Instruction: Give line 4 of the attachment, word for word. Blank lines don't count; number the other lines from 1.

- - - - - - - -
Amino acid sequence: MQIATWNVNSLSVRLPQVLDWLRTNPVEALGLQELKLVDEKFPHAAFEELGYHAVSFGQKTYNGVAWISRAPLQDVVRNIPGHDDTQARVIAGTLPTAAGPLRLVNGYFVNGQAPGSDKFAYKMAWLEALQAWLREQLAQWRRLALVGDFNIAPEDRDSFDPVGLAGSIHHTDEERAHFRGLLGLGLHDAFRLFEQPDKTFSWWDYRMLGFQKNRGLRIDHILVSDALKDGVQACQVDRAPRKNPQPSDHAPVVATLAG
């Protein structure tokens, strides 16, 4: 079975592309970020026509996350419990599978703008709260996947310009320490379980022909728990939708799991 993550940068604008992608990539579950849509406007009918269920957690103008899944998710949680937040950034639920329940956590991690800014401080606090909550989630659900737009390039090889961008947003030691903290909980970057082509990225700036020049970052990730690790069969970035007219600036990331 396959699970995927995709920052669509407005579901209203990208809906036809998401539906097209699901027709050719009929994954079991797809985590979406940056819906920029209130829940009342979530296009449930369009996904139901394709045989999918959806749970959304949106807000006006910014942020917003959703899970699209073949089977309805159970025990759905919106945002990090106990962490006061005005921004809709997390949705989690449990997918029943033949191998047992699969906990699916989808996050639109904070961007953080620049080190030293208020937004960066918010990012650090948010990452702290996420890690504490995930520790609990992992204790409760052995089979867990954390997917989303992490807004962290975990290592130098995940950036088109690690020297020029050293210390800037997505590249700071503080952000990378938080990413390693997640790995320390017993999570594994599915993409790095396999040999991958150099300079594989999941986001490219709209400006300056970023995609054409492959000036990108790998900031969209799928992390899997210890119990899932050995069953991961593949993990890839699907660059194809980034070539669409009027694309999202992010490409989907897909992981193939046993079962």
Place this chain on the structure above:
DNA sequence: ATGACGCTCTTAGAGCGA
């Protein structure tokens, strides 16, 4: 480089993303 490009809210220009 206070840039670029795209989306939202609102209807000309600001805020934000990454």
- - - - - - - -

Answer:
DNA sequence: ATGACGCTCTTAGAGCGA